Team Diversity:  Unleash the Power in Your Organization

Commentary

Diversity is a core value that enables teams to "run with it" to achieve high-performance results.  It is essential for managers and leaders to identify that diversity is one of the factors essential to a winning team.  If they fail to recognize this, they are missing an opportunity to unleash the talent that is working for them.

Most people innately have a desire to be great — to stretch their boundaries and perform at the highest possible levels.  We have found that unleashing that potential requires trust.  It means keeping promises, no lapsing on commitments, and saying, "We believe in you" — even when teams occasionally fail.

In our ongoing employee education, we frequently play a game called "Win As Much As You Can."  Initially teams compete against each other with the idea that the team that wins the most money wins the game.  Eventually someone discovers that if all the teams cooperate in their strategies rather than competing against each other, they all can win more money than even the most successful single team.  The game is an eye-opener!

About 90 percent of the time, we find that teams that have been coached in working together for a solution — with multiple ideas and perspectives — come up with a winning solution.  These teams demonstrate more mutual respect and unity and less of an "us and them" attitude than is typical.

In the past few years, we have trained all San Antonio employees in team building and diversity.  We also conduct diversity training for new employees in all areas of the organization, including senior management.  Courses are adapted over time so we are not rerunning the same modules for employees.  Originally we used outside resources for these programs and had great experiences working with Architecture For Excellence and Team Dynamics, giving these programs a healthy start and getting them well underway.  Now our sustaining efforts are through internal sessions.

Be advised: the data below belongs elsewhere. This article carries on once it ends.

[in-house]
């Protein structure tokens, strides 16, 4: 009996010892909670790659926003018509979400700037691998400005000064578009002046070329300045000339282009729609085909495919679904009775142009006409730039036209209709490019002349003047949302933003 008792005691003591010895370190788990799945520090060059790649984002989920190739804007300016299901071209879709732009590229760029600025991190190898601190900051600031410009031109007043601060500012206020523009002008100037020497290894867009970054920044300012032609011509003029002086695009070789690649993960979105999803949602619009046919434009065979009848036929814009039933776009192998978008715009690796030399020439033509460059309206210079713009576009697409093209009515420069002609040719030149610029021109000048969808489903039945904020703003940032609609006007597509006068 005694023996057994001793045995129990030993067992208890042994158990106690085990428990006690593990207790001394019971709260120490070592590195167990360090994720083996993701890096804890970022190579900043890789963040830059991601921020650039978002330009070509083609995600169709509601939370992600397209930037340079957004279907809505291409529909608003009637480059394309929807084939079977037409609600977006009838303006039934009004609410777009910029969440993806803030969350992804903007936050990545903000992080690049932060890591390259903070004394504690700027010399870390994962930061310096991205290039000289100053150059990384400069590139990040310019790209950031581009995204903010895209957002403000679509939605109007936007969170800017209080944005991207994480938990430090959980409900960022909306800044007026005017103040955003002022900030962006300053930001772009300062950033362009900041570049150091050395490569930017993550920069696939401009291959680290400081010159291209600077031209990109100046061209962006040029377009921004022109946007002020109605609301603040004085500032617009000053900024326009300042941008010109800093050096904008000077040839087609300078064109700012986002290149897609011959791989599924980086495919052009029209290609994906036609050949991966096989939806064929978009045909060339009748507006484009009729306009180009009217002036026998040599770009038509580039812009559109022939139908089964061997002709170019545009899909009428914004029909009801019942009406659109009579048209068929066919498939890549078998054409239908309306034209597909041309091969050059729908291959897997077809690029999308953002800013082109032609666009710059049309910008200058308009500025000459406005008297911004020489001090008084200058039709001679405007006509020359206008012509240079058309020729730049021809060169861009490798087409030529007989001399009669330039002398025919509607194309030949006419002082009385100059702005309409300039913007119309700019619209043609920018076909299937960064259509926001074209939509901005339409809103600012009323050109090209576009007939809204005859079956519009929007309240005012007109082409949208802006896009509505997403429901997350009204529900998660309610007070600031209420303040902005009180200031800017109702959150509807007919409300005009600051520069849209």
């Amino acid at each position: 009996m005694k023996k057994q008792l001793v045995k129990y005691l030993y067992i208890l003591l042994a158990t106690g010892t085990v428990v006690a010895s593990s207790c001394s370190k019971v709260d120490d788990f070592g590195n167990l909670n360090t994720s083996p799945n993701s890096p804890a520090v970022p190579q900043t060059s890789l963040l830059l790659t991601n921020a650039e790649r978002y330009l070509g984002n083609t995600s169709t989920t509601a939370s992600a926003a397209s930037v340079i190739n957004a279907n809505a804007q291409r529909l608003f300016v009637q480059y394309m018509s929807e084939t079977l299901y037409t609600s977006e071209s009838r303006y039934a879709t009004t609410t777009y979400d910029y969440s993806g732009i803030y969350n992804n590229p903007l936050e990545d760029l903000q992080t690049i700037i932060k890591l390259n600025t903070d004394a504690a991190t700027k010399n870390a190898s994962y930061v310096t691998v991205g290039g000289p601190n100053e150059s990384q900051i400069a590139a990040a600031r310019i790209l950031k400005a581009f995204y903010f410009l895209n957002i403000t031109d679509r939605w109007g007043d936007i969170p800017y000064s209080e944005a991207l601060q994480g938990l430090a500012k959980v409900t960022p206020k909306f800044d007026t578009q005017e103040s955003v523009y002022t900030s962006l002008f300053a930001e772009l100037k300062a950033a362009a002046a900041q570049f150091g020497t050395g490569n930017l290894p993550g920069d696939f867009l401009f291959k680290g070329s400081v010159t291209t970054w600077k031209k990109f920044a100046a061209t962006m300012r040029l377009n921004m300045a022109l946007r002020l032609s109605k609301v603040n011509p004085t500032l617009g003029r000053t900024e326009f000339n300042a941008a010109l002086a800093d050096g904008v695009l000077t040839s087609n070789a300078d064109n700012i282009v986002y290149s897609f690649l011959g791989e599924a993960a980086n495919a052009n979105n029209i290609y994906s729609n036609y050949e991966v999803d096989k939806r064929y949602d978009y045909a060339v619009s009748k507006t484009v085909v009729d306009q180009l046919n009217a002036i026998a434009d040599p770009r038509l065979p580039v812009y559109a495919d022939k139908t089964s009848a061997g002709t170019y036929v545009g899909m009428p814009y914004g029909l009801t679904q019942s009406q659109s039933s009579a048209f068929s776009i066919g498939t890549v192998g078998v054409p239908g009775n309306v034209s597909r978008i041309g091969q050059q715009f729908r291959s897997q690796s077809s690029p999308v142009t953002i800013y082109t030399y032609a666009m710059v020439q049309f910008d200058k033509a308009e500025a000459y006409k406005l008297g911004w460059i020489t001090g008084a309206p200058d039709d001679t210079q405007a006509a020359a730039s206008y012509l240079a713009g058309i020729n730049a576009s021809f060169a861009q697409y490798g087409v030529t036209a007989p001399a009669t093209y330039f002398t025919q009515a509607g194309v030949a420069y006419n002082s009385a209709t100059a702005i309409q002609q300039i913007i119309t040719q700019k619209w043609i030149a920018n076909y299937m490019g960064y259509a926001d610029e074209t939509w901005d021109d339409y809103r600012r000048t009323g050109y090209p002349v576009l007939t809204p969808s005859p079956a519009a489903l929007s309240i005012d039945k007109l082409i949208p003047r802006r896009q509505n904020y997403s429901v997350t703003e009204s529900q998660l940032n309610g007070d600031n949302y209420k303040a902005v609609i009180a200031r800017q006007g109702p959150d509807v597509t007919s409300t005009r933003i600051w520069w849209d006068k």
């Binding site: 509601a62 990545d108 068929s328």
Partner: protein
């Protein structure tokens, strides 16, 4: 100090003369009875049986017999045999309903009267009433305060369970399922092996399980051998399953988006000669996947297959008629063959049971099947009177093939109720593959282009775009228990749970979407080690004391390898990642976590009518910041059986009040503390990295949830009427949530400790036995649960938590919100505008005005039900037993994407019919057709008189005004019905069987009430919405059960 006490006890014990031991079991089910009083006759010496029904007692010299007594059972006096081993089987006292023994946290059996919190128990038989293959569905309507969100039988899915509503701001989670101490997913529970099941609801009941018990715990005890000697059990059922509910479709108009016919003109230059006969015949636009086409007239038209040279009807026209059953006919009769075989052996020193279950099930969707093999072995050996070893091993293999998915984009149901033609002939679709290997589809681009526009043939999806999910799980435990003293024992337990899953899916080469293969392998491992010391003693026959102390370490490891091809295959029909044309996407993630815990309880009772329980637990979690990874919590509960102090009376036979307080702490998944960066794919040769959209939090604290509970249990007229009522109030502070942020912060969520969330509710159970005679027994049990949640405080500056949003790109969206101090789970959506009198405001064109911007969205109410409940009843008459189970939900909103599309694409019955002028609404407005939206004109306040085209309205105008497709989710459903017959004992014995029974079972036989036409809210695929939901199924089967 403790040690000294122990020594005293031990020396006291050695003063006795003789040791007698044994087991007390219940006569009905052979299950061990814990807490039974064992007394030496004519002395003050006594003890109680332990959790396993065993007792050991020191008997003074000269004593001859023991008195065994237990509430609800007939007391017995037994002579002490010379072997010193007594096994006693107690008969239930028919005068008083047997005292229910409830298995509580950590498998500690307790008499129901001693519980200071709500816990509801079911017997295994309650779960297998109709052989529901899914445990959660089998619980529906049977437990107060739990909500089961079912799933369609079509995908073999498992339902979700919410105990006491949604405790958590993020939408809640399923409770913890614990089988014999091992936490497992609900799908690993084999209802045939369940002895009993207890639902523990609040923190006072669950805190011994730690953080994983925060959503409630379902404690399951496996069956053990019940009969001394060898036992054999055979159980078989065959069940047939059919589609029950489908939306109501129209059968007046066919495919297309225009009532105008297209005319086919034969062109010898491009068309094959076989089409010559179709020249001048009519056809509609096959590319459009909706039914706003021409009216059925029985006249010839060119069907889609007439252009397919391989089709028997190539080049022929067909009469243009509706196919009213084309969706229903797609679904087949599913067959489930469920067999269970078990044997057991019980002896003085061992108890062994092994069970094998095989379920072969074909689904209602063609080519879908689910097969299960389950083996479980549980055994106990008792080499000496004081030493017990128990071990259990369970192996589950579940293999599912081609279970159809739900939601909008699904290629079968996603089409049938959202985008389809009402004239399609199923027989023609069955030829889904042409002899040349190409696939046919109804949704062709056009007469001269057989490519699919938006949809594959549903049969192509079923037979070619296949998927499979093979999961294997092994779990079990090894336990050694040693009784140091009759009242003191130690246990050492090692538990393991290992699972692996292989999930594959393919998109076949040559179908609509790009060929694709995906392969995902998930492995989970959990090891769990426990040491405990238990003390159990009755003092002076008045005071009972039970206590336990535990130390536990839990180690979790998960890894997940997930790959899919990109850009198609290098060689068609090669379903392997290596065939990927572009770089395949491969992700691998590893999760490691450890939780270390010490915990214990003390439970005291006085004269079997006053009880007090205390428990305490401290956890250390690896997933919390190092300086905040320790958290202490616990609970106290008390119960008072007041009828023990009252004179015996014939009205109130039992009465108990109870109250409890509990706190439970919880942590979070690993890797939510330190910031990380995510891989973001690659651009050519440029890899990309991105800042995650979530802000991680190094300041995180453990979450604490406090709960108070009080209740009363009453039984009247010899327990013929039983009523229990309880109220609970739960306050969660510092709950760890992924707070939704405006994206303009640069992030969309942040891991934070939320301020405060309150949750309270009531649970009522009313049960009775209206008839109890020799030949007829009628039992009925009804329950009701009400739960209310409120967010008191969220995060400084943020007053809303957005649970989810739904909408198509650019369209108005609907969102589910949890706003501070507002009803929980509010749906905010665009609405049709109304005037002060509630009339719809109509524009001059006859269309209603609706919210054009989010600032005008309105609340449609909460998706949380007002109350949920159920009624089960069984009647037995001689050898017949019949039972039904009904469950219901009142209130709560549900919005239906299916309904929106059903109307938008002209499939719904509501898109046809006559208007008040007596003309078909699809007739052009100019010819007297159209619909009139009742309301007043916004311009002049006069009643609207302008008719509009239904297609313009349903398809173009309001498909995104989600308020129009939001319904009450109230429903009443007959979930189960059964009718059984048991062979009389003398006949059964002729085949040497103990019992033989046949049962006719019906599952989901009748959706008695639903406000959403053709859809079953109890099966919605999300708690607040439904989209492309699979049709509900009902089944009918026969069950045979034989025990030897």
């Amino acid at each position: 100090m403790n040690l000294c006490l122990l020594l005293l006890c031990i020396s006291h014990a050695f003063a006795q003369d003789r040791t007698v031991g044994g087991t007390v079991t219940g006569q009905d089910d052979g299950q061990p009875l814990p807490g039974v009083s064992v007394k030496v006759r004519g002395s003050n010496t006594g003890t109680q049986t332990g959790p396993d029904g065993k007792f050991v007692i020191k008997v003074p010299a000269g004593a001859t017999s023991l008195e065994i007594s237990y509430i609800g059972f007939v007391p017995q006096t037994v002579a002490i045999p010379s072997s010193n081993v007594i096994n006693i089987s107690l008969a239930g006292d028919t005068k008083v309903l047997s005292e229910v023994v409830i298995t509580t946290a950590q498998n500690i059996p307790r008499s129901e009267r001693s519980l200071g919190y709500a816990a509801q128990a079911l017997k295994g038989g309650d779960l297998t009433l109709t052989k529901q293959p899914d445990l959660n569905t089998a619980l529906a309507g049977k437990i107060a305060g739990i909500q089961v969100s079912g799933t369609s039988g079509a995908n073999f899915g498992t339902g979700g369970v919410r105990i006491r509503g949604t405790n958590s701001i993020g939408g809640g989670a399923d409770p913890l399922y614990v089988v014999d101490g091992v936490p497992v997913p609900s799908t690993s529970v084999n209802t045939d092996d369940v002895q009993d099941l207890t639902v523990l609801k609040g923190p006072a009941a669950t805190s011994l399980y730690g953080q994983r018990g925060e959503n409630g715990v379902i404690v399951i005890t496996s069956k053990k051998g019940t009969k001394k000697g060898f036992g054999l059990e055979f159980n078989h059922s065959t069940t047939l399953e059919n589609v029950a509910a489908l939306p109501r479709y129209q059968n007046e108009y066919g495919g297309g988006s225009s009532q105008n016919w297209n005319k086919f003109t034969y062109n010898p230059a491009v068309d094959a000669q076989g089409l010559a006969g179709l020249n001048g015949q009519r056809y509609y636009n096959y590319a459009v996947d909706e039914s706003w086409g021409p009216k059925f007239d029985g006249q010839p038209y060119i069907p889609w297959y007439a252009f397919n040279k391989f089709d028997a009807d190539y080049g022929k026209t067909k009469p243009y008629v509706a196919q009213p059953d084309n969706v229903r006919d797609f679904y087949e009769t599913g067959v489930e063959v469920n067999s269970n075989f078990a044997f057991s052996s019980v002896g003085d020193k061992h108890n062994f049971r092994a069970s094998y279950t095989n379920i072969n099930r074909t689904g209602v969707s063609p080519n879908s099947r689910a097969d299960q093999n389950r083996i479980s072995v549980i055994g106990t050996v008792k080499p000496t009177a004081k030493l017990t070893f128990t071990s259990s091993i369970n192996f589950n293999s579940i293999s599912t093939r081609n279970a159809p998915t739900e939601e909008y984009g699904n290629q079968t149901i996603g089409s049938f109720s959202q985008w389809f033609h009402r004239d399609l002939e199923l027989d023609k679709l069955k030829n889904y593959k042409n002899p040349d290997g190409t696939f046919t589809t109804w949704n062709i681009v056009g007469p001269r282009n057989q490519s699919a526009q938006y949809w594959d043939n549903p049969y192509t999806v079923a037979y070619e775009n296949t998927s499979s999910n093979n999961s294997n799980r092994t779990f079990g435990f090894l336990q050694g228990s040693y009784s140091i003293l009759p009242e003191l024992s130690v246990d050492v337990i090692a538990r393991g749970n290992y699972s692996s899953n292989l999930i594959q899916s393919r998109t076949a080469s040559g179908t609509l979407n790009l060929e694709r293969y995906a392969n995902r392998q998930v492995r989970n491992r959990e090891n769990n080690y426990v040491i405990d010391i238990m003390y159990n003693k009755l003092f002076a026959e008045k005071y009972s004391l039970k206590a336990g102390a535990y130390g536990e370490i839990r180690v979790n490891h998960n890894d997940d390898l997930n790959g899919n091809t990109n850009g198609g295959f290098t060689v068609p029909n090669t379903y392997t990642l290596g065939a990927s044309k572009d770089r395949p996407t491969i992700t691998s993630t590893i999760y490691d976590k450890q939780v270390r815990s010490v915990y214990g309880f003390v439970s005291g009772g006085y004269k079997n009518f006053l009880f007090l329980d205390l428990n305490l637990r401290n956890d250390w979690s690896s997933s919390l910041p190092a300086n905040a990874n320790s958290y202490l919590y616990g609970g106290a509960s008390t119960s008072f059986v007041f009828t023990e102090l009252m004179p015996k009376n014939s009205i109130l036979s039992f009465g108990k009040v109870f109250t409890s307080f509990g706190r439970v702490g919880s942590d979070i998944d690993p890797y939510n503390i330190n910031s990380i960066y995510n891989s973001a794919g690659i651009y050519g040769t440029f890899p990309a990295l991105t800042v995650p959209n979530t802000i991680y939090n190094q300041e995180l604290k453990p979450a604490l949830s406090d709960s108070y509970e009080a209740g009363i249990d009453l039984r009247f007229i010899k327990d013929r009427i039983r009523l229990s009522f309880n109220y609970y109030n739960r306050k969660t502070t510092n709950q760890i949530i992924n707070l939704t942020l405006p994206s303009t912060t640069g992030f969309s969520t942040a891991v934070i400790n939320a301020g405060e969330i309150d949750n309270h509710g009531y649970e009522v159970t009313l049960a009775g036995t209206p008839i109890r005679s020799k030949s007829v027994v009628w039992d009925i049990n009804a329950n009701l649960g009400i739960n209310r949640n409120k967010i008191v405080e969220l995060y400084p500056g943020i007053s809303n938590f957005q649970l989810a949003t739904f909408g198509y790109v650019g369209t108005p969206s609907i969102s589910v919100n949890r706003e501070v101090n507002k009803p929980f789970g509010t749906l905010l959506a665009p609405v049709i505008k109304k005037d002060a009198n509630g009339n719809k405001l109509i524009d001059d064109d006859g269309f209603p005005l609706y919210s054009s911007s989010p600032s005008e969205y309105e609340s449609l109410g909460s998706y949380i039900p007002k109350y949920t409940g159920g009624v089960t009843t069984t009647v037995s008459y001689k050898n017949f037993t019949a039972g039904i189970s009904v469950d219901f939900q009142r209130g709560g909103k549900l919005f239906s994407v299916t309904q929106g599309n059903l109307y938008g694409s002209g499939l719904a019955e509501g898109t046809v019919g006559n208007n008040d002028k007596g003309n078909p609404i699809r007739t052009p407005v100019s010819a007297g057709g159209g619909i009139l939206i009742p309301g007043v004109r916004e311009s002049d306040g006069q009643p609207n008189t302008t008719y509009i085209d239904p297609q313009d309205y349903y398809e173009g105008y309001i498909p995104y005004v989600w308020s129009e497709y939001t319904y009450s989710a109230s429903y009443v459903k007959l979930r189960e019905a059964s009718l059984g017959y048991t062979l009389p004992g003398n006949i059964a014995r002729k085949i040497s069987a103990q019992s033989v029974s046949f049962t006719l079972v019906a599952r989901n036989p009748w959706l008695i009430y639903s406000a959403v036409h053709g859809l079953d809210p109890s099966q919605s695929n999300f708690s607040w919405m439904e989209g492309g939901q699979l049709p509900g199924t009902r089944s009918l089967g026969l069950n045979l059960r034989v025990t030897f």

Diversity encompasses much more than race, sex, and other commonly discussed elements.  Education, job experience, behavioral traits, and other differences all play a part.  Each of us has embedded personality traits that affect the way we think, handle information, make decisions, and work with others.  Using Myers-Briggs Type Indicator diagnostics to examine and understand individual behavior, for example, one finds that some people like to think out loud, while others don't speak as often.  Some people like to make quick decisions; others want to consider the alternatives.  There are myriad traits among individuals that work synergistically to create an extremely powerful resource.  The person sitting next to you is very likely to have a different perspective from you, and that's a good thing.  They see and understand what you do not, and vice-versa.

When our teams first started hiring new members, most of the time they hired someone in their own likeness, replicating their strengths as well as their shortcomings.  Now our teams look for diversity — it's a tool they use.  Each team identifies and posts their mission, suppliers, customers, products, and key metrics.  They also post recognitions received by the team and its members, as well as behavioral information identifies through Myers-Briggs about the individual team members.  In every conference room, we display a reminder that people have different traits — a good way to keep diversity fresh in people's minds.